[Haskell-cafe] Open-source projects for beginning Haskell students?

Heinrich Apfelmus apfelmus at quantentunnel.de
Sat Mar 17 16:01:22 CET 2012

Brent Yorgey wrote:
> I am currently teaching a half-credit introductory Haskell class for
> undergraduates.  This is the second time I've taught it.  The last
> time, for their final project I gave them the option of contributing
> to an open-source project; a couple groups took me up on it and I
> think it ended up being a modest success.
> So I'd like to do it again this time around, and am looking for
> particular projects I can suggest to them.  Do you have an open-source
> project with a few well-specified tasks that a relative beginner (see
> below) could reasonably make a contribution towards in the space of
> about four weeks? I'm aware that most tasks don't fit that profile,
> but even complex projects usually have a few "simple-ish" tasks that
> haven't yet been done just because "no one has gotten around to it
> yet".

Finding a suitable project seems tricky to me as most "real-world" 
projects usually involve at least one nasty corner like interfacing with 
a C library, which is usually too hard for someone who just became 
comfortable with the traditional list origami.

With that caveat, I do have a small task that may be suitable and that 
is useful to me in the context of my reactive-banana library and my yet 
undisclosed tomato-rubato project.

The task is to implement a small audio synthesizer in Haskell. Of 
course, implementing high-performance audio synthesis is too challenging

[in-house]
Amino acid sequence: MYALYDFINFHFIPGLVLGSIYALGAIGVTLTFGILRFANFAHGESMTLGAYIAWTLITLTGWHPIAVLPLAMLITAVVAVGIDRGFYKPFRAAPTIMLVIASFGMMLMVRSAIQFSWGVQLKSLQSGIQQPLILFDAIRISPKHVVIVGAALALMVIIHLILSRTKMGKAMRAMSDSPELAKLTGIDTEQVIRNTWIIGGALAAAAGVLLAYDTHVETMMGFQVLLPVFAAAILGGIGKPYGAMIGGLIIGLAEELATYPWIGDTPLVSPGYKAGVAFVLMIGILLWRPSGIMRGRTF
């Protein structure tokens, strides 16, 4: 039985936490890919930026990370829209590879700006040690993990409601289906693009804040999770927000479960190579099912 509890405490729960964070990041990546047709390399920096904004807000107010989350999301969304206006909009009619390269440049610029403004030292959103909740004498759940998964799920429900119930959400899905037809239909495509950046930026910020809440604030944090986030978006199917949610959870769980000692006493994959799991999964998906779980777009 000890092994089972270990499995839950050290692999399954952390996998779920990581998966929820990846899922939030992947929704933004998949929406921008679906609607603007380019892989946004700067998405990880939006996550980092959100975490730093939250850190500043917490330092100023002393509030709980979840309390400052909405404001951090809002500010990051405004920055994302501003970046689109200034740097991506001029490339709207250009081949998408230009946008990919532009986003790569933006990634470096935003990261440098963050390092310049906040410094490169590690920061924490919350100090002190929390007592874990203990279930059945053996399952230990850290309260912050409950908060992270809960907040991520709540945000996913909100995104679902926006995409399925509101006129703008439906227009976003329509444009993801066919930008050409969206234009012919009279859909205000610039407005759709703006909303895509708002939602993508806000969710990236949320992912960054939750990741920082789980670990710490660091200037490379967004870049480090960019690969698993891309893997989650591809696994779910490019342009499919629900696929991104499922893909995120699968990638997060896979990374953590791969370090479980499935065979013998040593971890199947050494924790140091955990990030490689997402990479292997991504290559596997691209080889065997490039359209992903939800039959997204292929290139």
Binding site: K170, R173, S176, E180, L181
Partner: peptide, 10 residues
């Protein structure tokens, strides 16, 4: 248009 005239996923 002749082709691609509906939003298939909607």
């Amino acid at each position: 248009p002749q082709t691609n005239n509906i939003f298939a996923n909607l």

a task for a Haskell beginner, but there is one particular approach that 
I would like to see performance measurements of.

More specifically, the idea is the following:
1a. Implement a handful of combinators for generating audio as a lazy 
list of samples

     type Audio = [Sample]

1b. Get it out of the speakers. (I can find a library for that.) This 
will be slooow.
2. Implement the same handful of combinators for a different 
representation, namely a lazy list of memory blocks with 64 samples each

     type Block = Data.Vector.Vector  -- 64 samples
     type Audio = [Block]

In other words, each block is filled in an aggressively optimized inner 
loop while the blocks are shuffled around with ordinary Haskell functions.
3. Do performance measurements on 2 and test whether it can be run in 

So, the task does involve an external library and some knowledge about 
GHC's optimization, but hopefully nothing too fancy.

How is this task useful for me? If the performance is good enough, I can 
replace the lazy lists with  Event / Behavior  from reactive-banana , 
giving a real-time audio synthesizer in the style of functional reactive 
programming. If it doesn't work out, then the students had a fun project 
to work on, which is just as well.

Best regards,
Heinrich Apfelmus


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